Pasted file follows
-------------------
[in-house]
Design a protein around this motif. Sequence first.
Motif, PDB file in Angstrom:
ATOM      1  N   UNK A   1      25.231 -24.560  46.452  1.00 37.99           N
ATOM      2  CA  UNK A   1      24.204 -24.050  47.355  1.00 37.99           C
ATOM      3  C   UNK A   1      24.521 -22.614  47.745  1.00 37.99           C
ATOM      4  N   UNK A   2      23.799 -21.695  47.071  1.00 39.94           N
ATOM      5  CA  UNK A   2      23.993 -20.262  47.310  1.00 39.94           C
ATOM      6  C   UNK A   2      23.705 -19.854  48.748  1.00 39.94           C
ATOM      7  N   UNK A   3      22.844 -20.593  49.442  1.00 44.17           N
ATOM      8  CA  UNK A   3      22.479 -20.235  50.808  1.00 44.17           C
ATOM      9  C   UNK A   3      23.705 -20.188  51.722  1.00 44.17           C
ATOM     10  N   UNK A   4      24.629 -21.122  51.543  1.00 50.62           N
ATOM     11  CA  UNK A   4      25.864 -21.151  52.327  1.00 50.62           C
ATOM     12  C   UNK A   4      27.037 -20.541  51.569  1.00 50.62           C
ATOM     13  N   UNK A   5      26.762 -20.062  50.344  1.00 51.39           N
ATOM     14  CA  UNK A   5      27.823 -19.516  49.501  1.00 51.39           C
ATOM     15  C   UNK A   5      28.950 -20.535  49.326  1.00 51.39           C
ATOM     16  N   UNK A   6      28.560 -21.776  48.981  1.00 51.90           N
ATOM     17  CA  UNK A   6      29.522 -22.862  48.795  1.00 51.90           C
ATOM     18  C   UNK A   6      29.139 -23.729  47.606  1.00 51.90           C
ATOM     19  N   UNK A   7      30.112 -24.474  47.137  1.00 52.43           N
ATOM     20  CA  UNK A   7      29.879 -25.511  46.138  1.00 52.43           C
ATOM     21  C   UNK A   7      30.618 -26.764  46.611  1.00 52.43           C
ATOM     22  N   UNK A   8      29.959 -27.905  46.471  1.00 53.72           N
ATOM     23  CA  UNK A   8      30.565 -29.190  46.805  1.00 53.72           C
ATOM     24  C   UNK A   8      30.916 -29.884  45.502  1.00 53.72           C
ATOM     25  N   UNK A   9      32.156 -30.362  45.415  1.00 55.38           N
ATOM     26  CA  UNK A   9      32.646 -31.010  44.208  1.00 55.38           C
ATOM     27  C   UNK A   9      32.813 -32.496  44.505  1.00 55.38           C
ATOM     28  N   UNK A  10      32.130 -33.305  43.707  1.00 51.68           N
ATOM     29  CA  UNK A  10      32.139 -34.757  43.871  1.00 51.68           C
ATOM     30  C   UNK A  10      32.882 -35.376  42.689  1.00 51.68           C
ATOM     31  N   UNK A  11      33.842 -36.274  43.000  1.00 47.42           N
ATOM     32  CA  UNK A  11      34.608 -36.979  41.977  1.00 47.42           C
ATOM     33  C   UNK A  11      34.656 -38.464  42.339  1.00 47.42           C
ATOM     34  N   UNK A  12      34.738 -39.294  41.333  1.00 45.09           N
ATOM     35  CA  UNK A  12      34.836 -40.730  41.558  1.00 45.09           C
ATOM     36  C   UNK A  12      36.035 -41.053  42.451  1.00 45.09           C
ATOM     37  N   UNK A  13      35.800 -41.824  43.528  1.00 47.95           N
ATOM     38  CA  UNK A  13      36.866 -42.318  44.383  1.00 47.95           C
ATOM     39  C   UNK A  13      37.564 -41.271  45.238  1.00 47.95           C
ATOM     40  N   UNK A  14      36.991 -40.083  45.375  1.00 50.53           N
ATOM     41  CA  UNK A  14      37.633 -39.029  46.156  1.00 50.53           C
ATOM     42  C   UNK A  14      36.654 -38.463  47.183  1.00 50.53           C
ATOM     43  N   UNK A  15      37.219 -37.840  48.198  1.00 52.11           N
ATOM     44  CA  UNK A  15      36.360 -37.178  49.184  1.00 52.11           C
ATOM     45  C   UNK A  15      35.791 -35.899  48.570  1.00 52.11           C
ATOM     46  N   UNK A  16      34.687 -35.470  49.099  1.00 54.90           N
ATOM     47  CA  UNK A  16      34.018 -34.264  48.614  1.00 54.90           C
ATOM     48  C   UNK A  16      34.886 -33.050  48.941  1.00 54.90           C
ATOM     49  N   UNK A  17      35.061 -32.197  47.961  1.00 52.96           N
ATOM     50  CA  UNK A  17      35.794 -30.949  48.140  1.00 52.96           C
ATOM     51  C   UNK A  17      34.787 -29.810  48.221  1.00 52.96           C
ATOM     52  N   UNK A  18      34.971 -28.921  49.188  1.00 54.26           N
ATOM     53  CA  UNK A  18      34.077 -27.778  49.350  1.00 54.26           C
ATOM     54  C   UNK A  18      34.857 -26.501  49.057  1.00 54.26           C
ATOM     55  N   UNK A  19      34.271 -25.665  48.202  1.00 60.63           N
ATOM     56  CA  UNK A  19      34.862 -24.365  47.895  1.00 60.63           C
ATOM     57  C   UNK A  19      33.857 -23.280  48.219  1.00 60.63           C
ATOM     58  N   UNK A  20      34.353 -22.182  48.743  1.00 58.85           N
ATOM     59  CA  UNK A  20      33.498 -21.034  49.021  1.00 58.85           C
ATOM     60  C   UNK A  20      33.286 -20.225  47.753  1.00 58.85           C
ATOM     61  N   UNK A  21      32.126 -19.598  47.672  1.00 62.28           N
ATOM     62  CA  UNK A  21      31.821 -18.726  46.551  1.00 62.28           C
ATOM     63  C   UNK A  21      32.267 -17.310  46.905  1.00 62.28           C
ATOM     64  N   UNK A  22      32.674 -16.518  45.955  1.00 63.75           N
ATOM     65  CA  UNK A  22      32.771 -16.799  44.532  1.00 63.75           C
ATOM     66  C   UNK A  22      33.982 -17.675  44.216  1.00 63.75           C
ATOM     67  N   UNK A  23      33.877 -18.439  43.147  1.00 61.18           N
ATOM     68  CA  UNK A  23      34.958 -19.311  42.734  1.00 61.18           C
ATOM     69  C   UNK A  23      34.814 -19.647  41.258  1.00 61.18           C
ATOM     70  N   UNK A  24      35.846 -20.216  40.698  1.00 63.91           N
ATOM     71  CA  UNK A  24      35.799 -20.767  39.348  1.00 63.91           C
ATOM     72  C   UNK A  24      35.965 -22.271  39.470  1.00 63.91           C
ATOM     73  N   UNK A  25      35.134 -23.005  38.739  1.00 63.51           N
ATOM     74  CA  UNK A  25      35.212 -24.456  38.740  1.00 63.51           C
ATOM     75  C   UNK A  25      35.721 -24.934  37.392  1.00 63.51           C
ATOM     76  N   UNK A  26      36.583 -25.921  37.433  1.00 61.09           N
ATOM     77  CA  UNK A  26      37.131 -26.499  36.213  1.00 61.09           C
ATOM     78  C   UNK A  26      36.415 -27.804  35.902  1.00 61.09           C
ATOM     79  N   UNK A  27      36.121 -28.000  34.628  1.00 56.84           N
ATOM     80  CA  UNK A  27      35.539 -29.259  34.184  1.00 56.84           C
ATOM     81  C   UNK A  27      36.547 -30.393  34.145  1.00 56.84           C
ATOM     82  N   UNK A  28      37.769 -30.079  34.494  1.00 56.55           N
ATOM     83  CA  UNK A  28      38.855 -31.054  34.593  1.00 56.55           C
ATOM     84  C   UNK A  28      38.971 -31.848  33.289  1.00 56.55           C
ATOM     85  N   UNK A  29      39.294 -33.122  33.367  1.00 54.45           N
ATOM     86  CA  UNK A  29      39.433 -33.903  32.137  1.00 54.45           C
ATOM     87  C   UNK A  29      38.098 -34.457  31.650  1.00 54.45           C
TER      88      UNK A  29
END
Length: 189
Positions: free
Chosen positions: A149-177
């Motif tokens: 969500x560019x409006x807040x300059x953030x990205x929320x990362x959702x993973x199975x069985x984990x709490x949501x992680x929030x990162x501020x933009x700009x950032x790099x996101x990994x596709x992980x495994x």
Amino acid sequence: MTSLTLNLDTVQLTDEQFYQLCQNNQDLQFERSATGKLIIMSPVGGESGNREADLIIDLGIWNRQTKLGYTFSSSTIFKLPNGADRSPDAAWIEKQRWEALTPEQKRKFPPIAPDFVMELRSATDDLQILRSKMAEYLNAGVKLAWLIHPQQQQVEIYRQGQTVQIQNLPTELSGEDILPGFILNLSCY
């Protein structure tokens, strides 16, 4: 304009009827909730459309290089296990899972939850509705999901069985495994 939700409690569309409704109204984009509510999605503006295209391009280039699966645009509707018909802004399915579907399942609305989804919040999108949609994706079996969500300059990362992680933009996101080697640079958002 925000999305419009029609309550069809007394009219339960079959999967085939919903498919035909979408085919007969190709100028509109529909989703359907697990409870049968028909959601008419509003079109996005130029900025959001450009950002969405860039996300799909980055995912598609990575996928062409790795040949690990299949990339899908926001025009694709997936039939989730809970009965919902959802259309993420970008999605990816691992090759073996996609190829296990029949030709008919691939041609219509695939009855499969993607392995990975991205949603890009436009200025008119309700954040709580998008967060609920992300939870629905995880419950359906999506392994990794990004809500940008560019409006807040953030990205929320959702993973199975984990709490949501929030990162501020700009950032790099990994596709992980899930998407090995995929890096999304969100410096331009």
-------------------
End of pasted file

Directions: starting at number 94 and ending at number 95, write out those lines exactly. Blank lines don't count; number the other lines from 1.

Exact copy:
Positions: free
Chosen positions: A149-177